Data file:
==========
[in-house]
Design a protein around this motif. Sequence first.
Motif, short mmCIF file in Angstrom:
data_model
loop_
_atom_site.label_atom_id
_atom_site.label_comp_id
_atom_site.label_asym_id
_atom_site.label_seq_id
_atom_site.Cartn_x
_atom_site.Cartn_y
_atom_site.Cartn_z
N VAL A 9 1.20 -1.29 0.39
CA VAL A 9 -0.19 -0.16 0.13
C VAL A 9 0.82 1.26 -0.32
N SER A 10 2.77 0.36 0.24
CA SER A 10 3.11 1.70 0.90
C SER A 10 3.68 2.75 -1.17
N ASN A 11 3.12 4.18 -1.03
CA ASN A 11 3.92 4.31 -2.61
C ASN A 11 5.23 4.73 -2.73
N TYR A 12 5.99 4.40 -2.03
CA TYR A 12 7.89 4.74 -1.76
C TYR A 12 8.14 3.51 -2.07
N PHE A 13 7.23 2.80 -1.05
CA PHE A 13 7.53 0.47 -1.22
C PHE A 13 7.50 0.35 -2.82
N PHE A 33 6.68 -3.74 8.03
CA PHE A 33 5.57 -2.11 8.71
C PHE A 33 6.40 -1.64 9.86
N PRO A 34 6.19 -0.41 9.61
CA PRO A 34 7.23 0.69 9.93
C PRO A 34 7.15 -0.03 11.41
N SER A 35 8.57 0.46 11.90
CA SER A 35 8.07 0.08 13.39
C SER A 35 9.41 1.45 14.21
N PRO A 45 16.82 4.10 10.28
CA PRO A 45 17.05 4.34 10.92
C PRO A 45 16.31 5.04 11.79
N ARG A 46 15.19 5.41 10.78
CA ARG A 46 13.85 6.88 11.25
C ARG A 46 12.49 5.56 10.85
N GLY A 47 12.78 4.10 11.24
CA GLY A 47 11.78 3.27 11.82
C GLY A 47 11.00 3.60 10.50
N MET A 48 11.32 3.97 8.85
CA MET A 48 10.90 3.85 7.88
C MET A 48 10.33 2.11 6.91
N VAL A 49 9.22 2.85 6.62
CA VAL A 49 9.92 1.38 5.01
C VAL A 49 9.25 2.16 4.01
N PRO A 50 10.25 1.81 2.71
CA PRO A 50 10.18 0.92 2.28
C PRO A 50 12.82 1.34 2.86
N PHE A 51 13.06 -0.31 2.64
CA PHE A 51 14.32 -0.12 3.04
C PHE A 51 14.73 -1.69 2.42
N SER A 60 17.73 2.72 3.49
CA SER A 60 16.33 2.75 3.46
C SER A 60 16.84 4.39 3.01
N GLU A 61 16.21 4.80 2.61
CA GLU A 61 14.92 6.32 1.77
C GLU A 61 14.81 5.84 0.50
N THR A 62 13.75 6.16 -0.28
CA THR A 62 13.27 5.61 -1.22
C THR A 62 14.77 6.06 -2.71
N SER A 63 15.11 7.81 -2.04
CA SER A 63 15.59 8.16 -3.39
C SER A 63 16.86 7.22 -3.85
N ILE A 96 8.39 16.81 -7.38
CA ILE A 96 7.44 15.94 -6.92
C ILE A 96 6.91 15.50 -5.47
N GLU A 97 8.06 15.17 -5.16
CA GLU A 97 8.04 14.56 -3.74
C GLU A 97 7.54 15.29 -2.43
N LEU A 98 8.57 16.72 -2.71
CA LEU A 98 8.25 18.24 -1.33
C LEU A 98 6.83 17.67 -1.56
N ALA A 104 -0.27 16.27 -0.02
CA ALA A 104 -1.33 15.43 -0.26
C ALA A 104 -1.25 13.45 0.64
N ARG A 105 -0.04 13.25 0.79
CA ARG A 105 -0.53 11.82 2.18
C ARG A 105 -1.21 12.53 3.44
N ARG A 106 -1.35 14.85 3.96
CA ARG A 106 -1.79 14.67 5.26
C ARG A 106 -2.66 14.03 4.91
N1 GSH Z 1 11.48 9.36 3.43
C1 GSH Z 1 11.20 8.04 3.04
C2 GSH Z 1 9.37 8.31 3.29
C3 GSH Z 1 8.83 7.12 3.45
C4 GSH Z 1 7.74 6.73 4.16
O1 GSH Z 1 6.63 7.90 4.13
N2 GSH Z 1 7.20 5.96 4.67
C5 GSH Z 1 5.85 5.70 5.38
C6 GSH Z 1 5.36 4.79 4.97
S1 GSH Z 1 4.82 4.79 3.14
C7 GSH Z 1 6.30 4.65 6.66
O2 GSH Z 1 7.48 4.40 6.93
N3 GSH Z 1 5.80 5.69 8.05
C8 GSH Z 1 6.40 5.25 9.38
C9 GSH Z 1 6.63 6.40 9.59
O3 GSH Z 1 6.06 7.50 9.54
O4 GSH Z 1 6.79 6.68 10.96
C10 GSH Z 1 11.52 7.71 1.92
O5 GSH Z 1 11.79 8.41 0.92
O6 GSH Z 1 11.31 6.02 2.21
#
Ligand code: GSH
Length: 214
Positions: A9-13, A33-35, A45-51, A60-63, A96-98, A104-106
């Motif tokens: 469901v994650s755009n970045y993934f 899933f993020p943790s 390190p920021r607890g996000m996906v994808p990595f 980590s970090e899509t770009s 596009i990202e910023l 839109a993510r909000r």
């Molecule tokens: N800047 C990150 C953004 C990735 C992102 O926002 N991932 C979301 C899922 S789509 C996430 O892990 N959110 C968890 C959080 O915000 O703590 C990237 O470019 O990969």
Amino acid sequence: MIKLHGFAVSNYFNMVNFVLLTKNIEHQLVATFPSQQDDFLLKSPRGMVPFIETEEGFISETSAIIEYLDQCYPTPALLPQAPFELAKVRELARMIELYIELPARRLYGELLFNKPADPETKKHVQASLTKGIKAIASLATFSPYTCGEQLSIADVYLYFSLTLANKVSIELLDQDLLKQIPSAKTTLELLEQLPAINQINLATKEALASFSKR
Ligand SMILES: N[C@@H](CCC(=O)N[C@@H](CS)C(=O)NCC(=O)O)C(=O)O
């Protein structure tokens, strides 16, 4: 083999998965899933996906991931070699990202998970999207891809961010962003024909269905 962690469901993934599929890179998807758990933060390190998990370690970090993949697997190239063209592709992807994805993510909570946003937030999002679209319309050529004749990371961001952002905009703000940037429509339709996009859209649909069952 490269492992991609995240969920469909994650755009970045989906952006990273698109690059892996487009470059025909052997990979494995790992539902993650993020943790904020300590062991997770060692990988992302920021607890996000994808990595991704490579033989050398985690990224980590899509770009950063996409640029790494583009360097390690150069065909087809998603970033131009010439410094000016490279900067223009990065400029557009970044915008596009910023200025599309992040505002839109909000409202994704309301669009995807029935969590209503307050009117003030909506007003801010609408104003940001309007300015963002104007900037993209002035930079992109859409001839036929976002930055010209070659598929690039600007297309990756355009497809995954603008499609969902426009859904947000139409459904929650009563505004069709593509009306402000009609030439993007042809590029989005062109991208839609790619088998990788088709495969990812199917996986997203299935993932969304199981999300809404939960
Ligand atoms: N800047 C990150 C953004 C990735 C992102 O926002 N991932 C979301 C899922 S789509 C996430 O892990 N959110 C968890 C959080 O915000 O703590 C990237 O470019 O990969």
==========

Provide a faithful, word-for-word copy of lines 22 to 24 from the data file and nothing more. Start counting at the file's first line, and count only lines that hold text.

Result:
N TYR A 12 5.99 4.40 -2.03
CA TYR A 12 7.89 4.74 -1.76
C TYR A 12 8.14 3.51 -2.07